Lymphedema is a condition that most people associate with women and breast cancer, but men can get it too. It is characterized by swelling in the extremities, usually in the arms or legs, caused by an accumulation of lymph fluid. Lymphedema most often occurs in men following cancer surgery and radiation for areas like the head/neck, breast, prostate, pancreas, bladder, kidney, and liver. In this article, we’ll discuss the risks of lymphedema in men, the warning signs to look out for, the importance of an early diagnosis, and how physical therapy can help.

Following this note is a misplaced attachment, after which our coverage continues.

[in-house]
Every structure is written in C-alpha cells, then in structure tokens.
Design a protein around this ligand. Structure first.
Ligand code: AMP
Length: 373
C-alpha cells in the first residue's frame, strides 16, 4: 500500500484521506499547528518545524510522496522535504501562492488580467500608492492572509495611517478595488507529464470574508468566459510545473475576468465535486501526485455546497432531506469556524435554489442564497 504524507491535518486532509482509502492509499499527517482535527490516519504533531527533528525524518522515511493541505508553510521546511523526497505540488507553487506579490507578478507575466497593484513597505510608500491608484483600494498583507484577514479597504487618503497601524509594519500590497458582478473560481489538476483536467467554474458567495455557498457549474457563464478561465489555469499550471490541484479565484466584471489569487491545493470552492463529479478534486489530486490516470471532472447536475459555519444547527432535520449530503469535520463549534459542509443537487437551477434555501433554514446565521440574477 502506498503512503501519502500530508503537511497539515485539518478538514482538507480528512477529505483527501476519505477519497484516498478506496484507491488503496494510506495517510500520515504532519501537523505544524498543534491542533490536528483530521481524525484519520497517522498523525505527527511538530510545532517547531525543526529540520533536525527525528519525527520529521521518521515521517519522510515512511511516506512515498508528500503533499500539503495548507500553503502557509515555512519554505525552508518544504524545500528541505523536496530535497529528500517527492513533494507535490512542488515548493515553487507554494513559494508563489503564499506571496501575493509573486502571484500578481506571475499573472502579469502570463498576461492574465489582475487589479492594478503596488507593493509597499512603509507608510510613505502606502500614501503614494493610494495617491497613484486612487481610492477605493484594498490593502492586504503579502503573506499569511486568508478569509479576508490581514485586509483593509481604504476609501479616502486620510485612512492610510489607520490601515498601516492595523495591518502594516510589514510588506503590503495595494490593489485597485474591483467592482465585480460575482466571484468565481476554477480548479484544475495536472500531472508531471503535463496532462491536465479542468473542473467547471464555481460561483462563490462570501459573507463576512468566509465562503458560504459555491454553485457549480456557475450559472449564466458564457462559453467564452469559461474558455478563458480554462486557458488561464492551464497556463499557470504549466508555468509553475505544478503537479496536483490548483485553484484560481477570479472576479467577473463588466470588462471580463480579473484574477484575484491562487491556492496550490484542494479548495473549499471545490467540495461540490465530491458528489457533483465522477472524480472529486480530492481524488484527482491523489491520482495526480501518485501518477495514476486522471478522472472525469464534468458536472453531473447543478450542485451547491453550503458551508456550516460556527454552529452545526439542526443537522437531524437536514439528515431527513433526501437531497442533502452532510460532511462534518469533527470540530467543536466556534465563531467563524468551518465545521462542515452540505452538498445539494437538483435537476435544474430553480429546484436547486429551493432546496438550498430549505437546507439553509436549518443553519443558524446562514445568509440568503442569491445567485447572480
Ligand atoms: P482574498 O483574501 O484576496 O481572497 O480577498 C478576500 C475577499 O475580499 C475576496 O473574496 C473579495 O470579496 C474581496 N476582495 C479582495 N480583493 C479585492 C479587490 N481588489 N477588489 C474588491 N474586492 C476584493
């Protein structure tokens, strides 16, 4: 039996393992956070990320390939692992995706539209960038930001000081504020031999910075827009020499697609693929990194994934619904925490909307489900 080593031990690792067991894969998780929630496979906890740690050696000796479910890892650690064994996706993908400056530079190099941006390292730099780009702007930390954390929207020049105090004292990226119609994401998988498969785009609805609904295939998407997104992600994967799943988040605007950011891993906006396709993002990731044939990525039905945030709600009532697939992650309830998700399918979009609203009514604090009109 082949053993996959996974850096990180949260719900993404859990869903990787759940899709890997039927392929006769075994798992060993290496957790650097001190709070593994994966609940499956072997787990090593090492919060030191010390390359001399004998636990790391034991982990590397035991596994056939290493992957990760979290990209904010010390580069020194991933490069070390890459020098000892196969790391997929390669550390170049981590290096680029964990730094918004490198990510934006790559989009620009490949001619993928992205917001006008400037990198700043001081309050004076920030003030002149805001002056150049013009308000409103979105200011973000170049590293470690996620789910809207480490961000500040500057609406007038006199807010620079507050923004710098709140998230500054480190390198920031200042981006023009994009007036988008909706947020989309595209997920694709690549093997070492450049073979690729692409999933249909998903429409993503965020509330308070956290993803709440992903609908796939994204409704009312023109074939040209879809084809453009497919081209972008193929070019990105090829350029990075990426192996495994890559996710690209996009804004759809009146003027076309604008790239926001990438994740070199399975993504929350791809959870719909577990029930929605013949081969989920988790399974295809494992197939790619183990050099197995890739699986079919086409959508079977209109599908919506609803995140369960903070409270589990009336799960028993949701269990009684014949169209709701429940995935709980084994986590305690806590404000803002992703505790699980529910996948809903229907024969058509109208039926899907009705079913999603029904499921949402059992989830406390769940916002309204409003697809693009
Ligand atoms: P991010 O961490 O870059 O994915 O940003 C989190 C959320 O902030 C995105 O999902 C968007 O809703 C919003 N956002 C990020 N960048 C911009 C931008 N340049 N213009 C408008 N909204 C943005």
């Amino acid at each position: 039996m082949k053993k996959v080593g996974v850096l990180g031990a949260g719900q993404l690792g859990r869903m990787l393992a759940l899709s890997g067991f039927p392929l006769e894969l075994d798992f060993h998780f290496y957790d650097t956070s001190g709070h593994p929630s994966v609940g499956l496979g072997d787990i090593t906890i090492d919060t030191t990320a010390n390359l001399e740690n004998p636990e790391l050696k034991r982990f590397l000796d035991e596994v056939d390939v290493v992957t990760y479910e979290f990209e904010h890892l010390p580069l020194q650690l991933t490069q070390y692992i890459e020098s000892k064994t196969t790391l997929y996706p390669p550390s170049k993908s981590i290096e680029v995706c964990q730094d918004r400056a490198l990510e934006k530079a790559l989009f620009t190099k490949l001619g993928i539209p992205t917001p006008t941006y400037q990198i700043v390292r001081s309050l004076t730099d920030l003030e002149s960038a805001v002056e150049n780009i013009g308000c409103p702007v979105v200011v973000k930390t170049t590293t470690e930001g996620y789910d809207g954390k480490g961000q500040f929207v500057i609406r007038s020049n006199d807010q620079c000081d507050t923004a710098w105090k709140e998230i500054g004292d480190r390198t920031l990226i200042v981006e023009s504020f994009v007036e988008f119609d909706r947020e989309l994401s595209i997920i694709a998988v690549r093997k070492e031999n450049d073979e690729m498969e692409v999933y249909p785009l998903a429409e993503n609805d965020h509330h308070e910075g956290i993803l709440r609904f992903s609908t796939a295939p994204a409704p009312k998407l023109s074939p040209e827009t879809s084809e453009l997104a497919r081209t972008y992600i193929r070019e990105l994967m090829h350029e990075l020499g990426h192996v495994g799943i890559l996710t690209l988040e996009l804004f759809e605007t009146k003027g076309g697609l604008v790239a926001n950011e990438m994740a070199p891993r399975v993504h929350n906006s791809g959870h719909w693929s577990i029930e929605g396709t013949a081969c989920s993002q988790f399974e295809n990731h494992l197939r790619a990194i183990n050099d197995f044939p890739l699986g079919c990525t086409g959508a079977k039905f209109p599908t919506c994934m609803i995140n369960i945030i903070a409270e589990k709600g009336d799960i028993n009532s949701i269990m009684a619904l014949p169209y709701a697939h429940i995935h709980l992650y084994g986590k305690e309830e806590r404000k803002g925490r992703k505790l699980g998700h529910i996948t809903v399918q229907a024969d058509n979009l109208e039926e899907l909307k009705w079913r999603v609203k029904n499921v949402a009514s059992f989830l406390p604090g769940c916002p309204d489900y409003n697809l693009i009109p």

Lymphedema afflicts up to 10 million people in the U.S. alone. It has been reported that the incidence of lymphedema following cancer surgery varies widely across studies and types of cancer, but some estimates suggest that between 5% and 40% of men may develop lymphedema following cancer surgery.
It’s important to note that lymphedema can occur immediately after surgery or develop many months or even years later, so ongoing monitoring and early intervention can be important for reducing the risk of complications associated with this condition.